Creating a Household Budget: Wants vs. Needs
For many people, distinguishing between wants and needs can become a problematic area when it comes to household budgeting. While it's true that restaurants offer food, it's likely that there are cheaper options available, such as eating at home.
The same holds true for most other needs. Take clothing, for example. It may be tempting to shop with specific designers or brand names in mind, but there are often less expensive alternatives available to provide you with your basic needs.
So, let's look at your household budget. We're sure it contains line items for food, clothing, housing, utilities, and other essentials. These are your basic needs, the things you need for survival. Before moving on to your wants, it's recommended to review your "needs" to see if cheaper alternatives are available.
A friendly warning: During the process, you'll need to be completely honest with yourself; it can be tough to admit that some of the things you consider essential are actually things that you don't absolutely need or things that can be acquired for less money.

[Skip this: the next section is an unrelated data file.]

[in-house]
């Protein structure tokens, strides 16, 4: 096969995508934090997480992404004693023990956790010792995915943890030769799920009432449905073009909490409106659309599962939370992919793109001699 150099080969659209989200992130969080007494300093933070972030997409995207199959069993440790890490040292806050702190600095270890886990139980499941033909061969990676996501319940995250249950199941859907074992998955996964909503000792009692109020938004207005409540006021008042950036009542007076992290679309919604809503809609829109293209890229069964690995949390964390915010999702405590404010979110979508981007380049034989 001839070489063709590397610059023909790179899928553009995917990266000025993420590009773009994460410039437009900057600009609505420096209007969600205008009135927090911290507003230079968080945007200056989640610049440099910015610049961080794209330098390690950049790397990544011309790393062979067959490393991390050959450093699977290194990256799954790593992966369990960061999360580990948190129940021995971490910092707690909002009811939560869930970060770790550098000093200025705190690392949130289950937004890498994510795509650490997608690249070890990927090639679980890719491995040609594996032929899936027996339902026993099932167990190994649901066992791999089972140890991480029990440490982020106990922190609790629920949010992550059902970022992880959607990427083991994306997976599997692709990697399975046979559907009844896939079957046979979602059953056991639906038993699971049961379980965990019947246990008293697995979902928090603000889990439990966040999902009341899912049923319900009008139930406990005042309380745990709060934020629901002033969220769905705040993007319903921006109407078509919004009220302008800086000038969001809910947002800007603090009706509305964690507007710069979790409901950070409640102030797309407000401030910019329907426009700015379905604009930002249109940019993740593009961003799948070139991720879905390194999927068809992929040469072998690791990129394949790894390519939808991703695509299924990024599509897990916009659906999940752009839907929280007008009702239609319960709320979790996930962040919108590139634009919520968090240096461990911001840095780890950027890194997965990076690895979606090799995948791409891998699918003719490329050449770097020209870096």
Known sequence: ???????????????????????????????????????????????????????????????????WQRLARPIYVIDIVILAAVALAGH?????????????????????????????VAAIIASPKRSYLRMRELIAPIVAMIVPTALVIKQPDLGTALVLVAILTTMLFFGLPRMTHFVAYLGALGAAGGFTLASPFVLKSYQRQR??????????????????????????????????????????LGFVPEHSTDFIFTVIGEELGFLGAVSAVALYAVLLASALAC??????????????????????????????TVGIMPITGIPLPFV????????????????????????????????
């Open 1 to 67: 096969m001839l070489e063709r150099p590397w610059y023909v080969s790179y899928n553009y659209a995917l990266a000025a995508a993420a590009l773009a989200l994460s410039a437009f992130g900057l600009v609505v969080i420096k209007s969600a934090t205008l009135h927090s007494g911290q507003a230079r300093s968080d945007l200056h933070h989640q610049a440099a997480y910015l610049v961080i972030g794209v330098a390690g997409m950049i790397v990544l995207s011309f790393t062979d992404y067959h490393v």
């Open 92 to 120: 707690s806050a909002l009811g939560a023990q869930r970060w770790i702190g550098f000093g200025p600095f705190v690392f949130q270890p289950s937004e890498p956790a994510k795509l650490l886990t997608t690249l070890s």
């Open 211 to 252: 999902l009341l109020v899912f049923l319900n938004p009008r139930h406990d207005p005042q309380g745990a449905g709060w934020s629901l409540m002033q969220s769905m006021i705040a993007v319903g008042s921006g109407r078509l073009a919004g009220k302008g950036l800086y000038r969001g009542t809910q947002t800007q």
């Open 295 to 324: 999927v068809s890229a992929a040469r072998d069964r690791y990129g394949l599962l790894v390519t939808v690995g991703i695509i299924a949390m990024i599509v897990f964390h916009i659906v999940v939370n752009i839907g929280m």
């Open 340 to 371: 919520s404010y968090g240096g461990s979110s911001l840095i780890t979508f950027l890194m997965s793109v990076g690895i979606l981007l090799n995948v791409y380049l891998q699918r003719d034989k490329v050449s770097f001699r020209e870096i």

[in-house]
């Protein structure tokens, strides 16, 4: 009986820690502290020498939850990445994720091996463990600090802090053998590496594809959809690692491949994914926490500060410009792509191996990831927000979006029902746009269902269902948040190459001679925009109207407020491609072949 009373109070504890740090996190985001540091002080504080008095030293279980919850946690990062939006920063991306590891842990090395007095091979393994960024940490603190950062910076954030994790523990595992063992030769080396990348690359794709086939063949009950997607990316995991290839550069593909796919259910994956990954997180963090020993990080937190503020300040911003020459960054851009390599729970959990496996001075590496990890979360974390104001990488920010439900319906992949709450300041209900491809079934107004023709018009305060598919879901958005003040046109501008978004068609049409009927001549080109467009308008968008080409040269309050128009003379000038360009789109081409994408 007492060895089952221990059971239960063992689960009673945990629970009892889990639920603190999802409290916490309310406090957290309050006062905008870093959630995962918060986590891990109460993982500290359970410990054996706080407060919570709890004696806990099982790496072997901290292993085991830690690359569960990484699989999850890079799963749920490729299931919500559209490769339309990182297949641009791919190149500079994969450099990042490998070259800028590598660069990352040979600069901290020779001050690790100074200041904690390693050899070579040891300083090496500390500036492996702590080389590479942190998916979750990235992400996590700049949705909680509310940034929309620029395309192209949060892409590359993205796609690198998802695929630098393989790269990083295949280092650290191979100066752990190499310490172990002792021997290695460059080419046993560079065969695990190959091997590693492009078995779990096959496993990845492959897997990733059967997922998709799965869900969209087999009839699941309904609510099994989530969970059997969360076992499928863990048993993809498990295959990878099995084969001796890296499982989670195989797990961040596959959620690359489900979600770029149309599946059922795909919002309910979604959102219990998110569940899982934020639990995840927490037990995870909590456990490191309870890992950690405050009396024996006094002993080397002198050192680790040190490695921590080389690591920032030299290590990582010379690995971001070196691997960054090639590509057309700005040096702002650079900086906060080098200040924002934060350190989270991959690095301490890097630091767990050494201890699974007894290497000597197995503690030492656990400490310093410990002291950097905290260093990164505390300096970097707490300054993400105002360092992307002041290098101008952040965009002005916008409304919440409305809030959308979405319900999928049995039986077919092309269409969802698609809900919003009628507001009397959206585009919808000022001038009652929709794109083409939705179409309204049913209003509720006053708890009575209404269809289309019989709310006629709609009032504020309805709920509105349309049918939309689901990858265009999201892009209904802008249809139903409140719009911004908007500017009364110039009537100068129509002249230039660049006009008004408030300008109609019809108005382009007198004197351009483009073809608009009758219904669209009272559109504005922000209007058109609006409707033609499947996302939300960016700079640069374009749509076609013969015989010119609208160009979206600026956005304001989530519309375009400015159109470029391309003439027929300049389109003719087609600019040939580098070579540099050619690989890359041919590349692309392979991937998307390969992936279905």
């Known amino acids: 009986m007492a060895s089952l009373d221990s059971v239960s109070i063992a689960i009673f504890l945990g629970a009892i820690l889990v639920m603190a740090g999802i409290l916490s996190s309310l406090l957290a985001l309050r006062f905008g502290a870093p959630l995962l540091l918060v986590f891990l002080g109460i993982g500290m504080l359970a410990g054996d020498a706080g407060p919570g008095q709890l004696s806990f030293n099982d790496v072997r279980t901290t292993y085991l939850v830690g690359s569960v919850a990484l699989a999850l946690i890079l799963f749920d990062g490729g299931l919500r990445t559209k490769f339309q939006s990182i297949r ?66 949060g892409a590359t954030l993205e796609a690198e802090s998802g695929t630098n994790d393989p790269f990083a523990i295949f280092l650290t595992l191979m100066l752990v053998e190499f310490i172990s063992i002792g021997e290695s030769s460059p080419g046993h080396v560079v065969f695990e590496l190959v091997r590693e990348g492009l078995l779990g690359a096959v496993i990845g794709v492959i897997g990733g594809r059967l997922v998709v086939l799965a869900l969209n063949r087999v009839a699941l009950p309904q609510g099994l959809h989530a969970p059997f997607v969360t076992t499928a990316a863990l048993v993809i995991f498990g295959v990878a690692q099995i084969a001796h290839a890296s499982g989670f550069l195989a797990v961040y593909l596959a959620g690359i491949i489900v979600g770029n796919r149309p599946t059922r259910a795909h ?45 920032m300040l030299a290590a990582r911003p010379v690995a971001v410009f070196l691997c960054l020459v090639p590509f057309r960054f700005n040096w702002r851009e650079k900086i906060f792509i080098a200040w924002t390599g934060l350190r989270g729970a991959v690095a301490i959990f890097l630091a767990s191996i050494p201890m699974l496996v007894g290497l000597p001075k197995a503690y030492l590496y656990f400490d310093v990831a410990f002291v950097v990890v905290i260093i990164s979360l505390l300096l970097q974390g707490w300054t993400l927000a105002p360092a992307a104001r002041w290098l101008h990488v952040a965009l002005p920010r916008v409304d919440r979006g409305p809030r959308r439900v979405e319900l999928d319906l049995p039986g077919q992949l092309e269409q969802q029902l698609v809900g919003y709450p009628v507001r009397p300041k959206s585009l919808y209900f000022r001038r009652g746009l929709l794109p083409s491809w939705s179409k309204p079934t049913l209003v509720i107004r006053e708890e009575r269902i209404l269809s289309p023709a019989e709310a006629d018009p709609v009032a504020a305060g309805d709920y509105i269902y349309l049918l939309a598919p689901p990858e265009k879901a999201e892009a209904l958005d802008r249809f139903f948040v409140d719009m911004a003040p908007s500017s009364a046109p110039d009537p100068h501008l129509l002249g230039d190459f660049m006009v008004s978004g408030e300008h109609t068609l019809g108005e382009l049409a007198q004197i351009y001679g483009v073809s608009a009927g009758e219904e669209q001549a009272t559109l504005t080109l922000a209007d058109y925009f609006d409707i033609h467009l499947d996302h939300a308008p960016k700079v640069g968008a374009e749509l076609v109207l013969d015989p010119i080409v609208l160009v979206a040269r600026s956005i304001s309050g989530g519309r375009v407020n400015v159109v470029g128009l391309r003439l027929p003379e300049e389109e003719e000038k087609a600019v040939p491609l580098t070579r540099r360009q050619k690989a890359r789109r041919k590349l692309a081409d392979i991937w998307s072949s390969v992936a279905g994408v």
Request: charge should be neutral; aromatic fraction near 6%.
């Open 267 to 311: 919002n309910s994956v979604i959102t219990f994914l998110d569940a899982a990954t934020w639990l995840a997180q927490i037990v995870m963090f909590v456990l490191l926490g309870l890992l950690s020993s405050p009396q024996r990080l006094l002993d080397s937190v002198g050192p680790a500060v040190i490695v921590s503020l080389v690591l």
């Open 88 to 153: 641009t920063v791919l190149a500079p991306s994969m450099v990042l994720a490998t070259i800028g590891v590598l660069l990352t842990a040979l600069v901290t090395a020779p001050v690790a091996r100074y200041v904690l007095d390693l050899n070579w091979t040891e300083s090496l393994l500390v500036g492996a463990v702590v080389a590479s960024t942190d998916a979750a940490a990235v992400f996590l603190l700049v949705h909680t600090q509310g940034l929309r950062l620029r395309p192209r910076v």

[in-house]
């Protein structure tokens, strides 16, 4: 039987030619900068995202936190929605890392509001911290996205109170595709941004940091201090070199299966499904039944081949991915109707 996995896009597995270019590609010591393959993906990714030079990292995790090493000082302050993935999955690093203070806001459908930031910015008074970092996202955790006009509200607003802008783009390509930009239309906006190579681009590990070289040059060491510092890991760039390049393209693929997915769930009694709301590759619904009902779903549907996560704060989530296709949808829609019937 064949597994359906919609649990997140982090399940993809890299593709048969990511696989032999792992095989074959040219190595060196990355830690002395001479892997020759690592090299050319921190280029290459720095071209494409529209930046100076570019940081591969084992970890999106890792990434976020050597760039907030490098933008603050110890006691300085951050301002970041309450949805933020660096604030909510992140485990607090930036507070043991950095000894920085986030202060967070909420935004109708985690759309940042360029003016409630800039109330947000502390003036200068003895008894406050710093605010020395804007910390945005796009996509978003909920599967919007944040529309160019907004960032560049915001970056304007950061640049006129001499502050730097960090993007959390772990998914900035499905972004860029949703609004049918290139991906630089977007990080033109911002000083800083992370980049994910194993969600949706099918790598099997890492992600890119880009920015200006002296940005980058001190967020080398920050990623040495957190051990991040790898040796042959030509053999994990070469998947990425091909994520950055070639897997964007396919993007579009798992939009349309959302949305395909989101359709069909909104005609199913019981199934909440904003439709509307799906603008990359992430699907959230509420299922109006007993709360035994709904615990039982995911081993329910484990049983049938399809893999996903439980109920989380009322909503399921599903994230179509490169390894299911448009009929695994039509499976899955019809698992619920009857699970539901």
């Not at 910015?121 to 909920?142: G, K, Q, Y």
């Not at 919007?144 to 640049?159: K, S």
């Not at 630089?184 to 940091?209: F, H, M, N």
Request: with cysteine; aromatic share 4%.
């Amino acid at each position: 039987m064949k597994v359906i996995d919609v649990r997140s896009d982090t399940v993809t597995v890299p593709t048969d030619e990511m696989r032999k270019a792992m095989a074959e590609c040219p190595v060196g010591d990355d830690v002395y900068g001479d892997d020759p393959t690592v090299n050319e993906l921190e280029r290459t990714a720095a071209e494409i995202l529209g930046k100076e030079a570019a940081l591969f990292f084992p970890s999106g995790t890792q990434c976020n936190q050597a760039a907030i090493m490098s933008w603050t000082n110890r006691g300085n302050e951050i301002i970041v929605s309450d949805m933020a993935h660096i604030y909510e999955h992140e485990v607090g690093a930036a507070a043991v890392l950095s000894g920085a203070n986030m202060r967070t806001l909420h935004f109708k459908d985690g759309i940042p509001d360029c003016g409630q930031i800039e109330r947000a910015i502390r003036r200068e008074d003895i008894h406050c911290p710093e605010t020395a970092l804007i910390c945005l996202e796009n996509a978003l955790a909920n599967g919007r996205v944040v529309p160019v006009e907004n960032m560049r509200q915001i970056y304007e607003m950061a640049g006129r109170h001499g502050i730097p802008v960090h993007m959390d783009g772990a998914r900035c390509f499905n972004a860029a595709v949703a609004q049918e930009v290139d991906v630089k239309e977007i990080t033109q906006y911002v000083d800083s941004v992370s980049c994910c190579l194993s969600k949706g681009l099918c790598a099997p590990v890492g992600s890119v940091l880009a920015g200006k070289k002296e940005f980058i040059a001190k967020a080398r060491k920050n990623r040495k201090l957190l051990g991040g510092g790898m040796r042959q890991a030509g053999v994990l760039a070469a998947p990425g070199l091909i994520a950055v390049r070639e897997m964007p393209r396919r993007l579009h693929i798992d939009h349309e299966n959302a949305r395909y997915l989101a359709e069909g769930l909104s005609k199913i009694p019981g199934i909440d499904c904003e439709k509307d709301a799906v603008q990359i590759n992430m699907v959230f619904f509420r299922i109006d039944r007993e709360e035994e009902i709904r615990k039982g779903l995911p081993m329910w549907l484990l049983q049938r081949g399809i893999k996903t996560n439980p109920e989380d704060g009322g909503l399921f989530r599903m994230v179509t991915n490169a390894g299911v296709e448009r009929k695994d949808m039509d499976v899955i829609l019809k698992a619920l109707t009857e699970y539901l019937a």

Here's another example: We covered clothing and "eating at home versus eating out" already. But what about shelter? Are there cheaper houses or apartments you could consider? What about utilities? Are there savings opportunities in this area?
Our wants can be a bit trickier to understand. By definition, our wants are the things we would like to have, but could live without. For example, many people want a cell phone. However, how many of us actually need one?
As much as some people may not like to admit it, cell phones and many other electronic gadgets are largely conveniences. They do make life easier, but that's not the point. The point is that there is a cost associated with these things and you must ask yourself whether your budget can accommodate that expense.
Again, keep in mind that we're primarily talking about people who are likely experiencing household budgeting or debt management issues at the moment. For those with money leftover after budgeting for their needs, purchasing wants is not as large a problem. However, the leftover money may be more effectively utilized.
After taking care of all of your essentials, your leftover money is known as discretionary income. What you do with your discretionary income is certainly up to you. The key is knowing what money is truly extra and avoiding a situation in which you’ll accumulate unwanted debt.